‘We’ve been a data company for 120 years so customers trust that we are
careful with their data’
The bigtech threat
In recent years, some traditional banks have felt increasingly threatened by emerging fintechs and “bigtechs” such as Amazon, Apple and Google. Leurs sees a more nuanced picture: ‘Many fintechs are little more than a digital bank with a payment card, which we as Dutch banks have been offering for a long time. Don't forget, the Netherlands is at the forefront of digital banking internationally. I think the threat from bigtechs is much more serious. Apple Pay is serving many millions of customers. We are also looking carefully at Amazon: if it launches a platform in the Netherlands for SMEs, for example, it might want to offer credit via that platform. And what is Google going to do? I think these firms are the greatest threat.’ What about banks collaborating with bigtechs under the motto: "If you can’t beat ‘em, join ‘em"? Leurs says it’s certainly an option: ‘I assume that big techs do not want to develop all those financial services themselves. They are looking for specialists to do that and we have to jump into that gap. For example, we built Fundr in such a way that you can easily plug it into an Amazon platform.’ He also foresees a future in which banks are no longer the centre of the universe. ‘Customers also expect to be able to purchase banking services and products from all sorts of non-banks. Our challenge is to offer those services on other people's platforms whenever possible. Why would entrepreneurs using an Exact accounting system not want to apply for credit via that system, for instance? Fundr would fit very well within that platform. In a nutshell, we want to be where our customers are. Our digital journey is far from over, but we already have a good digital foundation in our local Dutch market. In the coming years, we can expand upon this at home and abroad.’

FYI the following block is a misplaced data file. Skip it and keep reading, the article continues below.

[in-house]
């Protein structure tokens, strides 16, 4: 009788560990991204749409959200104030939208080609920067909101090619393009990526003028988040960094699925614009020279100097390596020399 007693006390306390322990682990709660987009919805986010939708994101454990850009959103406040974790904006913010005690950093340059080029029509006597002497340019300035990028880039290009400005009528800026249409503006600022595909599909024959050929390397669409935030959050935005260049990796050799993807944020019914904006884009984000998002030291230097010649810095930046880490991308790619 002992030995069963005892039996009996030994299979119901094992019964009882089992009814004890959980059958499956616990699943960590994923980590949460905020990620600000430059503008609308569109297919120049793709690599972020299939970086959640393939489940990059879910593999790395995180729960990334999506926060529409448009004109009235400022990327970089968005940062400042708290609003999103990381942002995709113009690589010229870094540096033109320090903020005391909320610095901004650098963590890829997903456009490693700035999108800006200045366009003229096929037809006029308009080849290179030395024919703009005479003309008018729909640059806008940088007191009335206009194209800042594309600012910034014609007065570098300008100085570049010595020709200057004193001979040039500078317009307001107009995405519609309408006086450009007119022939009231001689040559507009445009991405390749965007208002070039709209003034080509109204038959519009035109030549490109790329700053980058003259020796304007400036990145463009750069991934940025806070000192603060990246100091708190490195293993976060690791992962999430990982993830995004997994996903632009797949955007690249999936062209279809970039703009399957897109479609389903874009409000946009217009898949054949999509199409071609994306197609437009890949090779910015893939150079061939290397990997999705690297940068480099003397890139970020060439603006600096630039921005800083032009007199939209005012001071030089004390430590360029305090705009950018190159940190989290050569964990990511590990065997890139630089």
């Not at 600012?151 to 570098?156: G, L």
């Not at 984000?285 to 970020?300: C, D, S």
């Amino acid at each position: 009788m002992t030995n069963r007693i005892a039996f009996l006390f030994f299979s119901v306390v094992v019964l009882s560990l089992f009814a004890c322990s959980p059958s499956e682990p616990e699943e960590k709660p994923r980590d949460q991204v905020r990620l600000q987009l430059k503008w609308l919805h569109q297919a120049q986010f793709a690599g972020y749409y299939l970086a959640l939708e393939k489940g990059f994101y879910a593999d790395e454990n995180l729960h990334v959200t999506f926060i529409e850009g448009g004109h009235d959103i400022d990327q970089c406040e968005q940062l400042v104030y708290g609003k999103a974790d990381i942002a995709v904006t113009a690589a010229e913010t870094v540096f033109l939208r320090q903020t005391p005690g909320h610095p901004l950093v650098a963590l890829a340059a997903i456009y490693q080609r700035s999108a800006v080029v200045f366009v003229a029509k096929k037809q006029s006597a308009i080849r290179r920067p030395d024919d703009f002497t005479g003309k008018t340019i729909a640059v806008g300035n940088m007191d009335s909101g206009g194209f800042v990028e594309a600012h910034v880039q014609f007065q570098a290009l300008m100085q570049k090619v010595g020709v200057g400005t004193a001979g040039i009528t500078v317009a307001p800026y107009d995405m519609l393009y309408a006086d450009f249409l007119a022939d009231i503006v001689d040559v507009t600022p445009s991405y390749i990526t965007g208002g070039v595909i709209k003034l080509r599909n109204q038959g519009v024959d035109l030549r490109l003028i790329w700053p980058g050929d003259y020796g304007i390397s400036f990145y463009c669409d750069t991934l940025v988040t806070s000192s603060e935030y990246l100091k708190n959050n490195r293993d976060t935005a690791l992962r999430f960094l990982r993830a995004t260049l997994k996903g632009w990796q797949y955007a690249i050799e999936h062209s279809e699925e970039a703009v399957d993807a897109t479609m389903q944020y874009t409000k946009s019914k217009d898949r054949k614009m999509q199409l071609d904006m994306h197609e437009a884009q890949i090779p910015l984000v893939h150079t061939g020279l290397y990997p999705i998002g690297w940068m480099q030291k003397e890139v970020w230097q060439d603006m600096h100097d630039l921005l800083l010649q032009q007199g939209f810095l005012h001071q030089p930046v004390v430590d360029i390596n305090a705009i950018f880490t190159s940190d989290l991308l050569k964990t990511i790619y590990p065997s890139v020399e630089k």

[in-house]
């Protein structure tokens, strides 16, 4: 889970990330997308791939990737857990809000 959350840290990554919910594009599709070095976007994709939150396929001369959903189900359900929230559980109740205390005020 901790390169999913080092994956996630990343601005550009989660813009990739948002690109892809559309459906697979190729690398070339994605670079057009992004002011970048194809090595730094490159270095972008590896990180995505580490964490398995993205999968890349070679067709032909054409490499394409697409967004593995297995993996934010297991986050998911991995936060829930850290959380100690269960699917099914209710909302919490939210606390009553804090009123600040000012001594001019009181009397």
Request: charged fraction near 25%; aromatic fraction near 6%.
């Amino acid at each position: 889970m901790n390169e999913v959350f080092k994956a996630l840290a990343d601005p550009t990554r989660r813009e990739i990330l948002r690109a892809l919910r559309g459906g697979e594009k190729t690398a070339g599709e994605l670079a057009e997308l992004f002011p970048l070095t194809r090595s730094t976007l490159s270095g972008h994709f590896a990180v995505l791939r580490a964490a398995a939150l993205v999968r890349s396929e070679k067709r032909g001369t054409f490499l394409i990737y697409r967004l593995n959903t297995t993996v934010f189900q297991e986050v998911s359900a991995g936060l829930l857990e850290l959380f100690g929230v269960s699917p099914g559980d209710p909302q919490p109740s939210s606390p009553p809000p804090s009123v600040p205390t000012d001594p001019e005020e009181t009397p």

Sector: Financial services | Workforce: 43,000 | Innovation/technology team 6,000 | Activities Private and corporate banking for clients in 41 countries | Net profit 2019 € 2.2 billion
Read more inspirational cases in our special FINANCIALS IN TRANSITION
The CTO's of leading financials such as ING, ABN AMRO, Rabobank and AEGON give insights into their own, unique approach to digitalisation. And discover how BDO's integrated approach makes the most of the opportunities which digital transformation can bring.